Part 2: Share Your Commitment to DE&I Through Intentional Social Media
Seventy percent of U.S. consumers say it's important for brands to take a stand on social and political issues, and 67% of people believe brands are effective at raising awareness around public issues when they speak out on social media, states Sprout Social's "5 Ways to Develop a Long-Term Strategy For Diversity, Equity & Inclusion on Social Media."
Employees and job seekers alike care about an organization’s commitment to diversity, equity, and inclusion (DEI) programs. That means they’re looking to see if you’re making an effort to build and support a diverse workplace in all aspects of your business—including your social media accounts.
Social media networking can also expand your recruiting efforts and help connect your company with a diverse group of qualified job candidates.
“Social media is an instrumental tool in the recruiting and hiring process, so be proactive and strategic when recruiting for diversity on your company's social media platforms,” says Eleesha Martin, G&A Partners’ RPO Manager. “Many companies use LinkedIn to source and recruit candidates, but don't be afraid to post job descriptions on emerging sites like TikTok, Twitter, or YouTube, which reach millions of people.”
Social Media and DEI Strategy
Your company’s social media strategy should be an integral part of your DEI program. It’s a valuable tool to share your DEI philosophy, strategy, and actions with your customers—and the world.
Recommendations for incorporating DEI into your company’s social media program:
- Create an employee focus group to set actionable goals and targets for your company’s DEI social content and gather feedback about what is and isn’t working in your social media strategy as it relates to DEI.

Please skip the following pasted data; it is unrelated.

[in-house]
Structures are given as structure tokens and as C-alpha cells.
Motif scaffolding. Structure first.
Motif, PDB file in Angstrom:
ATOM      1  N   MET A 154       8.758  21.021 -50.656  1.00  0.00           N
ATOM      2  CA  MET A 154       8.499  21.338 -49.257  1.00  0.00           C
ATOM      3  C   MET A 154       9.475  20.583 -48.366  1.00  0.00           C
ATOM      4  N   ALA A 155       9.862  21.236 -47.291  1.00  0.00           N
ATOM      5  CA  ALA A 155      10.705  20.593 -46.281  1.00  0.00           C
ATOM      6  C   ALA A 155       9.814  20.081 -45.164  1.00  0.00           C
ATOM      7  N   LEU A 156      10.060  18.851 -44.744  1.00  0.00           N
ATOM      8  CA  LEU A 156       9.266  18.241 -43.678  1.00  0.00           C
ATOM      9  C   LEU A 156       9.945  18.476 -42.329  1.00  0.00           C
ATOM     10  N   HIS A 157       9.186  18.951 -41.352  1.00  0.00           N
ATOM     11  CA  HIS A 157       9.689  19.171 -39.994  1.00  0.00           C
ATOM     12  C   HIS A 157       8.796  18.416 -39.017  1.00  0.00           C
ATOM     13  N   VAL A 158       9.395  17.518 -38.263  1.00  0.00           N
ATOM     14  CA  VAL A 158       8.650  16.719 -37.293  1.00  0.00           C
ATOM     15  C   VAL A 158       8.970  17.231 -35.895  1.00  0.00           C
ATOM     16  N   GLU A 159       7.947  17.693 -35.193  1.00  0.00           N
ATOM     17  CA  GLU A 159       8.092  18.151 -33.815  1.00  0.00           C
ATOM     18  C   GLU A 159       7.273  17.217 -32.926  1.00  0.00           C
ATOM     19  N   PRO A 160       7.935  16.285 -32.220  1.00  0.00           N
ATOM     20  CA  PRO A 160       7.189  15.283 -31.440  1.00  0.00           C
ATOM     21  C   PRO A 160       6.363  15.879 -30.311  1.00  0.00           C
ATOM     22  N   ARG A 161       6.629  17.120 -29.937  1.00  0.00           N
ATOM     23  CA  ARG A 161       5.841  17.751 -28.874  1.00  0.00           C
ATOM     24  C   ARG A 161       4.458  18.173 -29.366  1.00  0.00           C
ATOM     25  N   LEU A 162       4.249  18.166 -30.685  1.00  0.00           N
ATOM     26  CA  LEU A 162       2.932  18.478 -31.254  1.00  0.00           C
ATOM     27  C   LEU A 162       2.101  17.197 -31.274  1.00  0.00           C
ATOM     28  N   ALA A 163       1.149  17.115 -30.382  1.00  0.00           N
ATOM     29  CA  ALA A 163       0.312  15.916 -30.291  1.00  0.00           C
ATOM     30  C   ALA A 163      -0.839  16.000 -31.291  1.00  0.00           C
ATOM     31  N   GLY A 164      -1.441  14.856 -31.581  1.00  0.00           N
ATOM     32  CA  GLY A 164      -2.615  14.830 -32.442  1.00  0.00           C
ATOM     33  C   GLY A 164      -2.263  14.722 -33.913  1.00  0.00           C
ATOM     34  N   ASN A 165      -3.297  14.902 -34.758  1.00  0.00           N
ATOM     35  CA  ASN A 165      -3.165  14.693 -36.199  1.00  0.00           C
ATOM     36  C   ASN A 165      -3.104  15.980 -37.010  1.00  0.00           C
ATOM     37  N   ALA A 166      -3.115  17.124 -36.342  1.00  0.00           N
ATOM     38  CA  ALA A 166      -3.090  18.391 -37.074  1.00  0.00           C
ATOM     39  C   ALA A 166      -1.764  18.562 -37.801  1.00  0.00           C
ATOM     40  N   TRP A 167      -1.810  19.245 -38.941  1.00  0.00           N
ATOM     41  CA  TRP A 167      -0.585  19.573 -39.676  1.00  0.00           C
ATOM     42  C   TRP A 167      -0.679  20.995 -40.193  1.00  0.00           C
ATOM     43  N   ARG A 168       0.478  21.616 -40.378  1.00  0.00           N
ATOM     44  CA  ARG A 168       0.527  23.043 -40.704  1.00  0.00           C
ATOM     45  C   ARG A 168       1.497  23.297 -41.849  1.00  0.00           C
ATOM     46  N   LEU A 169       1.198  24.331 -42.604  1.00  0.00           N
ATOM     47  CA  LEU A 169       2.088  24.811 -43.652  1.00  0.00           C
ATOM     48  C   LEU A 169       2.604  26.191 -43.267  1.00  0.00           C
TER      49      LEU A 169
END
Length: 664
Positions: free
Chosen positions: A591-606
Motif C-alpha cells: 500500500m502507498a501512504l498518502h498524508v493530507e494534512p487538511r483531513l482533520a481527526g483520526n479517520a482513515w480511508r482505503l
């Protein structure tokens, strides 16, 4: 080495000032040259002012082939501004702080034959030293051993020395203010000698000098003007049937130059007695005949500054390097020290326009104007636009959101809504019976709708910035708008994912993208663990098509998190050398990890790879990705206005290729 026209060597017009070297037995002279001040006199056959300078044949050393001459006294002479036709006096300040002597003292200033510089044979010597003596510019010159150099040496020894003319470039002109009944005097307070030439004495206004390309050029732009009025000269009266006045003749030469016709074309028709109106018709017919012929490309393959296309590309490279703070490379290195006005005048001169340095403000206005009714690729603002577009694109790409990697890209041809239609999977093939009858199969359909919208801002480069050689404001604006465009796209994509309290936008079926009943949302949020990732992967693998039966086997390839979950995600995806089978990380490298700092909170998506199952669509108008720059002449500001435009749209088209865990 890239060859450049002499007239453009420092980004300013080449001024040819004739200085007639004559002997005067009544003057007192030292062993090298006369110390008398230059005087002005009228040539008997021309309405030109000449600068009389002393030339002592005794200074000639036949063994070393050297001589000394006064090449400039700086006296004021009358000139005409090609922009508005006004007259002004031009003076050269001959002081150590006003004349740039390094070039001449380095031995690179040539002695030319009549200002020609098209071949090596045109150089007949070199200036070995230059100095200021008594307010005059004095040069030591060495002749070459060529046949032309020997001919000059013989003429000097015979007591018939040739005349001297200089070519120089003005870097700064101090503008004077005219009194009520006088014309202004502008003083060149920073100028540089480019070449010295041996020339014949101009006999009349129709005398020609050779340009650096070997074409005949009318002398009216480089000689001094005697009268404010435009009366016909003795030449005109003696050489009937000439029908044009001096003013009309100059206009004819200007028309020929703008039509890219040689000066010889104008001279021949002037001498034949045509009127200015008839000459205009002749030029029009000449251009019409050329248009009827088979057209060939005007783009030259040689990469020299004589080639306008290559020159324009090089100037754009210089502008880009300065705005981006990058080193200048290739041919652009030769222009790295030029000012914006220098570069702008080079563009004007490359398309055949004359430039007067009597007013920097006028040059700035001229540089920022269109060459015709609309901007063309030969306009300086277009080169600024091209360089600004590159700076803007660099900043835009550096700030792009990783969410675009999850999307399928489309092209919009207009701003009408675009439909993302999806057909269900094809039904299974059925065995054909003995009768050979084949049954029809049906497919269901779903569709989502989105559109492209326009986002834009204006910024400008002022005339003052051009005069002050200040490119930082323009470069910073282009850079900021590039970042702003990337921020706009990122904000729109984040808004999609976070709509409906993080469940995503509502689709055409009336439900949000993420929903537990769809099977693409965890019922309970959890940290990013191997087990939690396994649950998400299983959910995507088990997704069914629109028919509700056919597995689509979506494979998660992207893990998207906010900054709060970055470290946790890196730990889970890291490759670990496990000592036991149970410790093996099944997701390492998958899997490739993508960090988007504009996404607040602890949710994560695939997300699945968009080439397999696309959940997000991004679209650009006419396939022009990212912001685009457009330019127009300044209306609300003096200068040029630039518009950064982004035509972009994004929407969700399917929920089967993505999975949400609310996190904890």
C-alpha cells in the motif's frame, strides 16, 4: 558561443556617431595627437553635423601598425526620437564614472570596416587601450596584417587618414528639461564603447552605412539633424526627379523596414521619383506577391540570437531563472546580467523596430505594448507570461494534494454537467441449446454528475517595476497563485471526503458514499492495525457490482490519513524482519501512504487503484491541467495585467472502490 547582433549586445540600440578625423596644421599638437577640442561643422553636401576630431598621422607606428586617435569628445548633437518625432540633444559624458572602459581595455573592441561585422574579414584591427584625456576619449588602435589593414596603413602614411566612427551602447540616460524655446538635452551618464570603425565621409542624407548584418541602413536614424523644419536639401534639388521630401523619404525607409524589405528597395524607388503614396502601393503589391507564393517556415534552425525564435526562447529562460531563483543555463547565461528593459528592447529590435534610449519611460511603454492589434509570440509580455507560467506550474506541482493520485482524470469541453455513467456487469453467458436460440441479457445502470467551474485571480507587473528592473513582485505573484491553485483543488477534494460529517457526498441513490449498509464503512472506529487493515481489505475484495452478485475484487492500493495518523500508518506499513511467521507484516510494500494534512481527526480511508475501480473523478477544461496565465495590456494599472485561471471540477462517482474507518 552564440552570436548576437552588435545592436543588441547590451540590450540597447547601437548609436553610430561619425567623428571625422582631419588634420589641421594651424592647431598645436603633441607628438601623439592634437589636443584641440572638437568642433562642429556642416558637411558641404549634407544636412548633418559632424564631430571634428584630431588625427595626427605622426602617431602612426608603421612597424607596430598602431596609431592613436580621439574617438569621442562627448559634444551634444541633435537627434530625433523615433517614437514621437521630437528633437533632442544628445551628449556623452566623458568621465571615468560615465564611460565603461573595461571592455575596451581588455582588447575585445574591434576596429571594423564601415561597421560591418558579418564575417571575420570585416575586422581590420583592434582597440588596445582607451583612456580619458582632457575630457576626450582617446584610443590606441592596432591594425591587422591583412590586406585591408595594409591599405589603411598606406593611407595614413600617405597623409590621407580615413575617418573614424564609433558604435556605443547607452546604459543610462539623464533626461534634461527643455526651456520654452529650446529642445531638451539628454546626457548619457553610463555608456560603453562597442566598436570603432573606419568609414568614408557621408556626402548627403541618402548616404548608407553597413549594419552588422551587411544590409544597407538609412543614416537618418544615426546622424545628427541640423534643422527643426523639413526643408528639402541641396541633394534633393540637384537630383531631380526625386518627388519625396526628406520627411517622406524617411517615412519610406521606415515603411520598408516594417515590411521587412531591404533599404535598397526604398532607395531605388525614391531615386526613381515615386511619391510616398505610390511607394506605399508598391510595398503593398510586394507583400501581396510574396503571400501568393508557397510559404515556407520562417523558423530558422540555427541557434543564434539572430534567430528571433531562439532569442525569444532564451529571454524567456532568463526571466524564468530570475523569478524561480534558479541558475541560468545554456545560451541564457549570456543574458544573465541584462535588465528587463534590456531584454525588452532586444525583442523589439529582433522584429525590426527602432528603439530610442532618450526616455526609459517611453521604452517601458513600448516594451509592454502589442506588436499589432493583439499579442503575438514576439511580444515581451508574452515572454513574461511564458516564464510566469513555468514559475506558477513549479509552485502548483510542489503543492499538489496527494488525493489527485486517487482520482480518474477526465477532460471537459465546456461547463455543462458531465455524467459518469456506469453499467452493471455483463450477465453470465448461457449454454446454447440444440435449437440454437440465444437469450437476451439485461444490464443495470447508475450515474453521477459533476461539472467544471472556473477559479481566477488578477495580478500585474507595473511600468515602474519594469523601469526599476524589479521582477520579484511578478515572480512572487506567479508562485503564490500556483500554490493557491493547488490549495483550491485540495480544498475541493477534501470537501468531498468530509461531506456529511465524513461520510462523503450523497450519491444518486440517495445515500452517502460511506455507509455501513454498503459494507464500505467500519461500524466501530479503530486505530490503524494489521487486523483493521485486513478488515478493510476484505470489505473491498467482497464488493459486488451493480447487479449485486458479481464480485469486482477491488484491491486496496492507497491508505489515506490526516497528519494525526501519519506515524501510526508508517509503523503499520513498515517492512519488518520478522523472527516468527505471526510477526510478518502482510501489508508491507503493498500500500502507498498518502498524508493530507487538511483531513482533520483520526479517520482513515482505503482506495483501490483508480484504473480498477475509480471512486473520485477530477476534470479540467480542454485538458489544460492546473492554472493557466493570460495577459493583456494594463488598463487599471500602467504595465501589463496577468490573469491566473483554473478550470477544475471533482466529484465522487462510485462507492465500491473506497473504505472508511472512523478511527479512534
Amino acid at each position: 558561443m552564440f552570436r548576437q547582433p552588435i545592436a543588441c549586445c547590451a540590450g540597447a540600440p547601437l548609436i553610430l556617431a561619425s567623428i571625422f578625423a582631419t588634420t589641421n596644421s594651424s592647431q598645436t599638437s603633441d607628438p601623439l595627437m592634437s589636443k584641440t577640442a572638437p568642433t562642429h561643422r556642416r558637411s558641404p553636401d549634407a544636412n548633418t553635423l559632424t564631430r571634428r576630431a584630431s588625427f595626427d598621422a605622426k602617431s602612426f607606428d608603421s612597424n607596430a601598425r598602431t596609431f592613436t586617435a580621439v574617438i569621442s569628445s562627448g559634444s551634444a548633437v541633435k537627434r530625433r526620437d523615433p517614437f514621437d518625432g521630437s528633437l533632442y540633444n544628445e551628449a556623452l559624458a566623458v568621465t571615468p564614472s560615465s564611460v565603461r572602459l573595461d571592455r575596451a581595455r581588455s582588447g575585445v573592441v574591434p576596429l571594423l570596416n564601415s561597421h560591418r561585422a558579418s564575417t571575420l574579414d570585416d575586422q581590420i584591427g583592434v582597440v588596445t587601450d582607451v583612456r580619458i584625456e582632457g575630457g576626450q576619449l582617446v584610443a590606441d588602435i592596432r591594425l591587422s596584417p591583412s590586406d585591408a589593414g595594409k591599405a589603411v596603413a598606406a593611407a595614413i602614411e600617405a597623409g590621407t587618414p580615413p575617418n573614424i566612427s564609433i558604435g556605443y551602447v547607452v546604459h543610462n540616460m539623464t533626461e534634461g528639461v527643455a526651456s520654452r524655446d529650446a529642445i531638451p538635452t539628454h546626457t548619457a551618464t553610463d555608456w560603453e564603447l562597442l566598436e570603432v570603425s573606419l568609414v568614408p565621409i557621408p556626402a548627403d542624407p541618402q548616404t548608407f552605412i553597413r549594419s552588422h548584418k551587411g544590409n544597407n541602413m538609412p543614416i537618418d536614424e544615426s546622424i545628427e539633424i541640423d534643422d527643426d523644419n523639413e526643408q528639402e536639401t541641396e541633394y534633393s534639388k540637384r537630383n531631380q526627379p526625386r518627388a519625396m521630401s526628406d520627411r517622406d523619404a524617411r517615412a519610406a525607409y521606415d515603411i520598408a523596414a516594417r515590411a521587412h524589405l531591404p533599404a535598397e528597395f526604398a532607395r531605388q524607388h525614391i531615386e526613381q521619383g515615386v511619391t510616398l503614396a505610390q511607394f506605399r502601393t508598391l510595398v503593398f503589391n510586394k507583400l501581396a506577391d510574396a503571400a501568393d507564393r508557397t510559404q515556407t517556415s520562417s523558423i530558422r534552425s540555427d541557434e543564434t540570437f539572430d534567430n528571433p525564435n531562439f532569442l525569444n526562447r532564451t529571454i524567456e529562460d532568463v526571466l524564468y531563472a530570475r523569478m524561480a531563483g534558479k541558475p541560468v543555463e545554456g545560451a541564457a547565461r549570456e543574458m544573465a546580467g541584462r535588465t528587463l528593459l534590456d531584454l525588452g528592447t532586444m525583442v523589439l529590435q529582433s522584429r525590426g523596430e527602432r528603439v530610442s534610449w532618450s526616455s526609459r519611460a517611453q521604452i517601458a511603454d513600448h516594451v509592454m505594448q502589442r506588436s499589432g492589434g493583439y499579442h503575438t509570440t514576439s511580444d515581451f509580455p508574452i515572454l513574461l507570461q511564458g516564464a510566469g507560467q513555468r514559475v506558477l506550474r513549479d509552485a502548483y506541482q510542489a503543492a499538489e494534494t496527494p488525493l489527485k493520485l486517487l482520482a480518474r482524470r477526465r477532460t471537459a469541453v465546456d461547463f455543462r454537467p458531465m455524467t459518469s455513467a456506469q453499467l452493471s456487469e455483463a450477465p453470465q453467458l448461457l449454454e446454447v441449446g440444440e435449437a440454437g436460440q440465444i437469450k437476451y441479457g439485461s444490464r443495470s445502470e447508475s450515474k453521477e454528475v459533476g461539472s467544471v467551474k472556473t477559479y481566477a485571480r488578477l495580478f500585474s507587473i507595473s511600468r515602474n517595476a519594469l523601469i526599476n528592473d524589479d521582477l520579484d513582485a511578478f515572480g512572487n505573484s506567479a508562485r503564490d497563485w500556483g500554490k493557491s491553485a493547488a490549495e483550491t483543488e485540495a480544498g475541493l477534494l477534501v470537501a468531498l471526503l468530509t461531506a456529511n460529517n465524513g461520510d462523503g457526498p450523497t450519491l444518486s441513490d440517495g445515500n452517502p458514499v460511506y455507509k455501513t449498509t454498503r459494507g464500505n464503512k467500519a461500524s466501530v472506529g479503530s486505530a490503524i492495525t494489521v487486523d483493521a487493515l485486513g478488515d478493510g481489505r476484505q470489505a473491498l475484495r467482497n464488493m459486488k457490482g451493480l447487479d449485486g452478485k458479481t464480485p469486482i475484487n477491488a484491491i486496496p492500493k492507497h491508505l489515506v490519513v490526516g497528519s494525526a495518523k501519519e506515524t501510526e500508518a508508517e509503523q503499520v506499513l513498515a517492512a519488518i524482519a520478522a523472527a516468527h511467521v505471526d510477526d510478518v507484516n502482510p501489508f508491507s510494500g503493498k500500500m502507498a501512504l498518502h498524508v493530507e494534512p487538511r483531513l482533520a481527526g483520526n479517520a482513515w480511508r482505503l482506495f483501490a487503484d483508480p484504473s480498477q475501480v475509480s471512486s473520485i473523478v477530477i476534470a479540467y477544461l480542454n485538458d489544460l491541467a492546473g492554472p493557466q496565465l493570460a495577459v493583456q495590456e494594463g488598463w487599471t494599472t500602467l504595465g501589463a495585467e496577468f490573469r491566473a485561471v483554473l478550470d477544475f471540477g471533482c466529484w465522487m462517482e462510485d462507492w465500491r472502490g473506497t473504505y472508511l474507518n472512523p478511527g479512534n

- Establish your business’ position on DEI issues based on your organization’s expertise and brand. “Most brands simply aren’t expert authorities on (issues such as) racial justice, and it’s completely fine if that’s not your brand’s place,” according to Sprout Social. “Maybe your focus will be on sharing resources or using your data to talk about how this issue relates to your customers or industry, or increasing representation in your content.”
- Share your DEI social media strategy with employees and ask them for feedback and ideas.
- Plan and design posts and videos that explain your company’s DEI mission statement and goals, as well as concrete actions you are taking to achieve them. Feature your employees’ stories and ongoing work in your social media content strategy.
- Evaluate the entirety of your social media content with DEI values in mind so that all posts, shares, videos, etc., are respectful and inclusive. Sprout Social recommends asking these questions when developing content:
- Are we appropriating elements of a marginalized culture?
- Are we using insensitive language or phrases with racist origins or insensitive connotations?
- Are we amplifying the voice of someone considered racist or harmful to the BIPOC community?
- Ask employees to like, share, and comment (positively) on your DEI social media content.
- Help uplift marginalized and underrepresented communities by encouraging your followers to share their stories in the comments section of your social media accounts.
- Adopt a zero-tolerance discrimination policy on your company’s social media accounts and your employees’ personal accounts. In addition, your policy should include a mechanism for reporting discrimination that ensures privacy and rejects retaliation.
- Own your mistakes and learn from them. For example, whether a team member shares or posts insensitive content or an employee makes an offensive post on their personal social media account, publicly acknowledge the situation and communicate what your company is doing to rectify it. Accept criticism, and discuss lessons learned with employees and the steps you will take to ensure you don’t repeat the mistake.